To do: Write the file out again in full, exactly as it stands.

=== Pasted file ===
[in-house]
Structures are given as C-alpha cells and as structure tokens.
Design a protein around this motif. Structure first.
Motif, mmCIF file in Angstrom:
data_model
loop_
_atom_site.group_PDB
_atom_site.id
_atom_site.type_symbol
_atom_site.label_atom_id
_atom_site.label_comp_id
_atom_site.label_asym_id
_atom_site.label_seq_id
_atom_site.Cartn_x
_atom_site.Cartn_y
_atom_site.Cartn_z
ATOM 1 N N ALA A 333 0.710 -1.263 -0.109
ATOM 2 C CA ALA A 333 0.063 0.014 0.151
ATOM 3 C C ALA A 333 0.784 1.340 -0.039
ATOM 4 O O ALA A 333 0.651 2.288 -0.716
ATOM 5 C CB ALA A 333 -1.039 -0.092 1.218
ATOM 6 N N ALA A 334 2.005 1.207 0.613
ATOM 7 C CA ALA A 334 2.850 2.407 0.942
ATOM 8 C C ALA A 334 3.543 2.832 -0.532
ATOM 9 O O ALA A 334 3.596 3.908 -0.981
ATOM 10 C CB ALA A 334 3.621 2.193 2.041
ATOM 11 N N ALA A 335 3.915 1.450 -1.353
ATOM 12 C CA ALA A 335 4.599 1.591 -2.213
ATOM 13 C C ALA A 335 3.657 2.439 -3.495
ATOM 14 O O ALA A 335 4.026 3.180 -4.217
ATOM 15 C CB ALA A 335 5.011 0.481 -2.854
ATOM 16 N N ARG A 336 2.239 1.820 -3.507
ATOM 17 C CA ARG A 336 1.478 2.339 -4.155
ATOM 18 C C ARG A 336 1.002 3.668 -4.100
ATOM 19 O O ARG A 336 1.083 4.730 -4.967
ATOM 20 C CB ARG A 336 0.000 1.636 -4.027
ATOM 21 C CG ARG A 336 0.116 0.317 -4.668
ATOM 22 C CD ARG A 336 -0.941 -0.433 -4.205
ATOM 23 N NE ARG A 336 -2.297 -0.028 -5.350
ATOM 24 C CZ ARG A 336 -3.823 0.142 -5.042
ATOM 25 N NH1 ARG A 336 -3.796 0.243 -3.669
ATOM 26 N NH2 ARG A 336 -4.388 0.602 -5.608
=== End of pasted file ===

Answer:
[in-house]
Structures are given as C-alpha cells and as structure tokens.
Design a protein around this motif. Structure first.
Motif, mmCIF file in Angstrom:
data_model
loop_
_atom_site.group_PDB
_atom_site.id
_atom_site.type_symbol
_atom_site.label_atom_id
_atom_site.label_comp_id
_atom_site.label_asym_id
_atom_site.label_seq_id
_atom_site.Cartn_x
_atom_site.Cartn_y
_atom_site.Cartn_z
ATOM 1 N N ALA A 333 0.710 -1.263 -0.109
ATOM 2 C CA ALA A 333 0.063 0.014 0.151
ATOM 3 C C ALA A 333 0.784 1.340 -0.039
ATOM 4 O O ALA A 333 0.651 2.288 -0.716
ATOM 5 C CB ALA A 333 -1.039 -0.092 1.218
ATOM 6 N N ALA A 334 2.005 1.207 0.613
ATOM 7 C CA ALA A 334 2.850 2.407 0.942
ATOM 8 C C ALA A 334 3.543 2.832 -0.532
ATOM 9 O O ALA A 334 3.596 3.908 -0.981
ATOM 10 C CB ALA A 334 3.621 2.193 2.041
ATOM 11 N N ALA A 335 3.915 1.450 -1.353
ATOM 12 C CA ALA A 335 4.599 1.591 -2.213
ATOM 13 C C ALA A 335 3.657 2.439 -3.495
ATOM 14 O O ALA A 335 4.026 3.180 -4.217
ATOM 15 C CB ALA A 335 5.011 0.481 -2.854
ATOM 16 N N ARG A 336 2.239 1.820 -3.507
ATOM 17 C CA ARG A 336 1.478 2.339 -4.155
ATOM 18 C C ARG A 336 1.002 3.668 -4.100
ATOM 19 O O ARG A 336 1.083 4.730 -4.967
ATOM 20 C CB ARG A 336 0.000 1.636 -4.027
ATOM 21 C CG ARG A 336 0.116 0.317 -4.668
ATOM 22 C CD ARG A 336 -0.941 -0.433 -4.205
ATOM 23 N NE ARG A 336 -2.297 -0.028 -5.350
ATOM 24 C CZ ARG A 336 -3.823 0.142 -5.042
ATOM 25 N NH1 ARG A 336 -3.796 0.243 -3.669
ATOM 26 N NH2 ARG A 336 -4.388 0.602 -5.608